“You can see chunks come up on any field.”

Hey, what could go wrong?

South Carolina is fully replacing its football field less than a week before the season opener after hosting a Jay-Z and Beyonce concert.

Crews trucked in sod from Sugar Hill, Georgia, after the old field had to be removed following the superstar couple’s concert last week.

South Carolina staff will spend Monday installing more than 90,000 square feet of Bermuda grass, said Clark Cox, the school’s assistant athletic director in charge of turf and landscaping services.

The field is expected to be ready when South Carolina opens its season by hosting Coastal Carolina on Sept. 1. The Gamecocks also have home games against national runner-up Georgia on Sept. 8 and Marshall on Sept. 15.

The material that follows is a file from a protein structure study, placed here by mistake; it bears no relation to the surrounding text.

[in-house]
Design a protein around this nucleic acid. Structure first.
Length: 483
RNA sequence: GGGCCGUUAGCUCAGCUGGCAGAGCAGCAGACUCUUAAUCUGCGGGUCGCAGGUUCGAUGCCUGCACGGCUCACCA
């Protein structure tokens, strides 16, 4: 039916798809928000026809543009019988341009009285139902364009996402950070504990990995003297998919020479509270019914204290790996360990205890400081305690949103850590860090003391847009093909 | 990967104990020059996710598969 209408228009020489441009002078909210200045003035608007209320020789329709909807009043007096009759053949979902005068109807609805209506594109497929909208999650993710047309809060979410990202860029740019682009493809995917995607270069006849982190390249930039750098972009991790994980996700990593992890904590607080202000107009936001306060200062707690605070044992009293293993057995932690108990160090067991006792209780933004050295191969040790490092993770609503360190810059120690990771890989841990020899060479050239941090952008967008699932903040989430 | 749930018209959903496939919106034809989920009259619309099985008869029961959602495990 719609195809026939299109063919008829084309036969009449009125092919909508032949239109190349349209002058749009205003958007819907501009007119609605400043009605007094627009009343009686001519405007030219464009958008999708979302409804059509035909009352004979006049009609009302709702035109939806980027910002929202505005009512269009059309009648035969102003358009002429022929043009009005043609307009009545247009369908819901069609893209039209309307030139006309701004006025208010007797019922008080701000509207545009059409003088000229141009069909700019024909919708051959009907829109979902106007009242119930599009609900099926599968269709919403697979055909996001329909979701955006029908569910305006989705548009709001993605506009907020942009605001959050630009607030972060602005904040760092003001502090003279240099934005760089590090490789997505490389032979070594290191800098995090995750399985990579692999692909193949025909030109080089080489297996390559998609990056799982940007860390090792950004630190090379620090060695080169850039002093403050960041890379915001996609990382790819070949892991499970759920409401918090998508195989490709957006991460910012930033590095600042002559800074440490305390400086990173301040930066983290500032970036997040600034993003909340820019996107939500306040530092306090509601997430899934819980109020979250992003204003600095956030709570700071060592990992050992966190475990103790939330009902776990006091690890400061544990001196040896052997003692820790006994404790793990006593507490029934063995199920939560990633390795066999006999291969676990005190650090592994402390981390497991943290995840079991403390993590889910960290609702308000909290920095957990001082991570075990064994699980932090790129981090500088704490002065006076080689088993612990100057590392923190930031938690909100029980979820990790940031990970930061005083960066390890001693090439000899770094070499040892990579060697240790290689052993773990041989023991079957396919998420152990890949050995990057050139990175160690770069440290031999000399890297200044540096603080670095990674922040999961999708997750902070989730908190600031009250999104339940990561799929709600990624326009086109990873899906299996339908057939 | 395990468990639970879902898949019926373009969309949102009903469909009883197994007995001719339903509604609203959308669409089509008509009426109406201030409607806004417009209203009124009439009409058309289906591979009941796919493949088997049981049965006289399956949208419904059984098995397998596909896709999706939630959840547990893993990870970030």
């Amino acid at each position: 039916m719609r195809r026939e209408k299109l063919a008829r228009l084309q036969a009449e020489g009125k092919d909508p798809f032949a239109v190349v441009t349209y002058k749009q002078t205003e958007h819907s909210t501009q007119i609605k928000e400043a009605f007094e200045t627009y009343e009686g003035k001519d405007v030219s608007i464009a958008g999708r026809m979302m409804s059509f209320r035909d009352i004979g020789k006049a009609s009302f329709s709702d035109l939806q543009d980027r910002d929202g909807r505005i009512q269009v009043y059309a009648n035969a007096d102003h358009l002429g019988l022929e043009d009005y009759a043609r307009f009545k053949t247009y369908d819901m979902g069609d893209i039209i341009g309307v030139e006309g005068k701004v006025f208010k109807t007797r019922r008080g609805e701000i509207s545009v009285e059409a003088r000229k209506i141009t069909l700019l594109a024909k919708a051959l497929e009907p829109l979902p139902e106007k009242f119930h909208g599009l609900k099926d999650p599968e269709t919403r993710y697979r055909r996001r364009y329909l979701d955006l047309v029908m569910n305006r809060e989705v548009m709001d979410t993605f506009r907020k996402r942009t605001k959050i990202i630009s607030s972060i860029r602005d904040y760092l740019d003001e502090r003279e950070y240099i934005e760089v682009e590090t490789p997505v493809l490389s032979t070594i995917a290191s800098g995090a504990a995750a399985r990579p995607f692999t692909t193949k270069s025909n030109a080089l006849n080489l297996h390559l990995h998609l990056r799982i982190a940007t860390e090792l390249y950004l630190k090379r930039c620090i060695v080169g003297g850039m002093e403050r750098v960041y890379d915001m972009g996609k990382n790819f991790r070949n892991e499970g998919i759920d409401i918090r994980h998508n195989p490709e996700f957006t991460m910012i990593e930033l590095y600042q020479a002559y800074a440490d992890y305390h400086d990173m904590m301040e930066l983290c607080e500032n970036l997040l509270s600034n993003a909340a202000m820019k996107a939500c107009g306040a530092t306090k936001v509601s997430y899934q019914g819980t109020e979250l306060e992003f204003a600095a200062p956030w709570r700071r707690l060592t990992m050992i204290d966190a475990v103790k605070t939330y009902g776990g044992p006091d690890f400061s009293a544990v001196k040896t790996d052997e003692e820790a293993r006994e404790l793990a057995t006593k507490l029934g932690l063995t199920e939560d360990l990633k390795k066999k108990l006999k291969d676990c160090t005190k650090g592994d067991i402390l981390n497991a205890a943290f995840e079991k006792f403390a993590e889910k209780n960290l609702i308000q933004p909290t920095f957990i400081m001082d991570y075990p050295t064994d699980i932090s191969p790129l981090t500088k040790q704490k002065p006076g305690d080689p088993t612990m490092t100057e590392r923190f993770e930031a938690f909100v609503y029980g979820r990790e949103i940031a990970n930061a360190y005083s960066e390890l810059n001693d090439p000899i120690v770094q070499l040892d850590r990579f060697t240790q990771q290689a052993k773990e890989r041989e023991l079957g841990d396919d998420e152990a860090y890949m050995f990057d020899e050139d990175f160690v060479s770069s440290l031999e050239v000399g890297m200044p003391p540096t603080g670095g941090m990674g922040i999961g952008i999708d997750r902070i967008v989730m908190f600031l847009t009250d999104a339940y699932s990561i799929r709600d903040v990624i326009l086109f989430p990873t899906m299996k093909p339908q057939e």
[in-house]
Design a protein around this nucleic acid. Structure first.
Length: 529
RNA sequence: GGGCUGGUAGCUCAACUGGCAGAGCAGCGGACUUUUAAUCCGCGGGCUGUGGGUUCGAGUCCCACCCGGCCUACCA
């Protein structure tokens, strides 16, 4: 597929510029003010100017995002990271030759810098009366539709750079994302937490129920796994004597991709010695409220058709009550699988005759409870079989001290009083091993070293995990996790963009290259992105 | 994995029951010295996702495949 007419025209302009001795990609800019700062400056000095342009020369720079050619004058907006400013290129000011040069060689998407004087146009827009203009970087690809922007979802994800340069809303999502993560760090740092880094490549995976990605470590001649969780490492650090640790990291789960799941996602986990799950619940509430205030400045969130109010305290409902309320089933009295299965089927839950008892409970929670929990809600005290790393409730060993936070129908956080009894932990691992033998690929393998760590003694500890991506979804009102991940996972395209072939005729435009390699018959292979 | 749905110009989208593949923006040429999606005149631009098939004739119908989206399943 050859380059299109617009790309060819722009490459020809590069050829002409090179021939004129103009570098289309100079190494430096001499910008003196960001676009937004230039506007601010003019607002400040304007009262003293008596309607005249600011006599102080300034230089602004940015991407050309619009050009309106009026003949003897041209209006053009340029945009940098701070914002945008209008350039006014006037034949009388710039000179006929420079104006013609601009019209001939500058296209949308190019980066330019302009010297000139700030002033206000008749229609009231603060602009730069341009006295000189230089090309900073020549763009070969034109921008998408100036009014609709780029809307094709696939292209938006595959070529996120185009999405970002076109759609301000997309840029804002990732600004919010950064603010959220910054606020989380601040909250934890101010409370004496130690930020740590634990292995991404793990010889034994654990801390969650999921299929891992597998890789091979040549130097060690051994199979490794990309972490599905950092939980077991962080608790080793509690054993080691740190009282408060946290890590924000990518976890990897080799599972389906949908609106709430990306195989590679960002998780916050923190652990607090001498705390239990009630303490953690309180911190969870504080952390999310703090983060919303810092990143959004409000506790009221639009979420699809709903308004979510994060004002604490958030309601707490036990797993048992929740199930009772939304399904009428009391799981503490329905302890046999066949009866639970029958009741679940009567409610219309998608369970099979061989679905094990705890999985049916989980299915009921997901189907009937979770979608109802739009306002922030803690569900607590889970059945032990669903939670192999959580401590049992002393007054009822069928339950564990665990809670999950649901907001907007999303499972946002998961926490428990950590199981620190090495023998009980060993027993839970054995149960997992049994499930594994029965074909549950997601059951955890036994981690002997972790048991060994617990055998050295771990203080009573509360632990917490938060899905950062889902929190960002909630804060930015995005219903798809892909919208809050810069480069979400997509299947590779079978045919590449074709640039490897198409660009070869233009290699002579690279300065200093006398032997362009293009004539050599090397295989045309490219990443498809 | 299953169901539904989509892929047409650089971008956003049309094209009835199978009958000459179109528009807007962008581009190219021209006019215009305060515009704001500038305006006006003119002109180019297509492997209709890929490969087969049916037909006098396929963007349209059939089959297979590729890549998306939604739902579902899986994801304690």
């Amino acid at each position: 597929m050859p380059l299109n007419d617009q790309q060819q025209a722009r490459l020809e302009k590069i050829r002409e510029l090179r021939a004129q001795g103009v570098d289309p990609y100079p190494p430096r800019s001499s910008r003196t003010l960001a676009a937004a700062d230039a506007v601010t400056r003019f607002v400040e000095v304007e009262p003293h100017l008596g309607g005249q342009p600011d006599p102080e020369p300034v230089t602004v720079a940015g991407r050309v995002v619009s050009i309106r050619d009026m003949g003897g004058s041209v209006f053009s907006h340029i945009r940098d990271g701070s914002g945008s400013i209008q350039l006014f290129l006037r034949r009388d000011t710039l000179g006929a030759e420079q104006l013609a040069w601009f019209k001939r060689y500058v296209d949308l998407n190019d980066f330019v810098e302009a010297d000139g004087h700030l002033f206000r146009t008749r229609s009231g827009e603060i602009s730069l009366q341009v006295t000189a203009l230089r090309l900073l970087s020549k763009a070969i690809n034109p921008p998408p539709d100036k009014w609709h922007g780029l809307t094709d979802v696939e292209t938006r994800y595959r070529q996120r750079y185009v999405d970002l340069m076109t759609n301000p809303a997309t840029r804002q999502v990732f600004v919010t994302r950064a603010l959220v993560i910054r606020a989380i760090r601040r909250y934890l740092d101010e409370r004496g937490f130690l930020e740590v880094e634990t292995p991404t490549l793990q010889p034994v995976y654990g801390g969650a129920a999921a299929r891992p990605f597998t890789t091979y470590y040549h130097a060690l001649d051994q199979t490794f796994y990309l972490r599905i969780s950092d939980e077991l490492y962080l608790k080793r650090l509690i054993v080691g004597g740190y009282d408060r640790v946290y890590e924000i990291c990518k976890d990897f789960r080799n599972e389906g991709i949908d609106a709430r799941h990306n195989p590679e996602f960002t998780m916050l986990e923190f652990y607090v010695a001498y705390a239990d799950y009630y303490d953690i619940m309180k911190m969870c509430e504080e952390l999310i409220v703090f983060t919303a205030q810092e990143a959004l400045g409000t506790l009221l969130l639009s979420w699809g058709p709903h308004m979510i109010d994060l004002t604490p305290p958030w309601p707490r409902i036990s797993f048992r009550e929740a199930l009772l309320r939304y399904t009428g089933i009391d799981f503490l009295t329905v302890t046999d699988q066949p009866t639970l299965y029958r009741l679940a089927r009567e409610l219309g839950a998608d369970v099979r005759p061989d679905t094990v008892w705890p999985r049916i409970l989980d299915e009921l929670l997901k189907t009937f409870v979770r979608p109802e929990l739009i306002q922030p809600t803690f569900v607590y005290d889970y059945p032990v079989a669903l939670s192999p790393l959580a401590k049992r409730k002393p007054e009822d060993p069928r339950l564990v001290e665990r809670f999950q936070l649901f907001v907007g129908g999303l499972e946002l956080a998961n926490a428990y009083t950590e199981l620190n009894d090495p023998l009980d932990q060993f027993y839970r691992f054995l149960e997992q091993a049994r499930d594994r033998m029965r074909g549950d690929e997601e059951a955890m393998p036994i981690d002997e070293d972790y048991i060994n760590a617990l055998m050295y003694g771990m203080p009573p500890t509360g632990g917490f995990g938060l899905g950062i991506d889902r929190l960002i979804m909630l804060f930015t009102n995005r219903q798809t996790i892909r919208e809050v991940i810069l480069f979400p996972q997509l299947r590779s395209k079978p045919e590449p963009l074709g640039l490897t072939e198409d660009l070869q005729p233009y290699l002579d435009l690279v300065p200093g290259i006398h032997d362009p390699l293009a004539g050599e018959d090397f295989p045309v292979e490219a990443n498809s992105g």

“We would not have done this if we believed there was a safety issue,” Cox said. “My job and our entire ground staff’s job, our No. 1 priority in everything we do, is safety and welfare of our student-athletes.”

No word on whether Cox consulted with the crack Neyland Stadium turf staff first.

Just something else to worry about for week two.

36 Comments

Filed under 'Cock Envy, Georgia Football

36 responses to ““You can see chunks come up on any field.”

  1. moe pritchett

    Horse shit. I was at the 04’ IAA National Championship game in Chattanooga ( Montana v James Madison) and almost the exact same scenario; new turf installed a week previous. After one quarter it looked like Ray Charles went over that field with a roto-tiller.

    Liked by 1 person

  2. PTC DAWG

    Less than a week to take root, call me a skeptic…maybe it’s cut much deeper…

    Liked by 1 person

  3. moe pritchett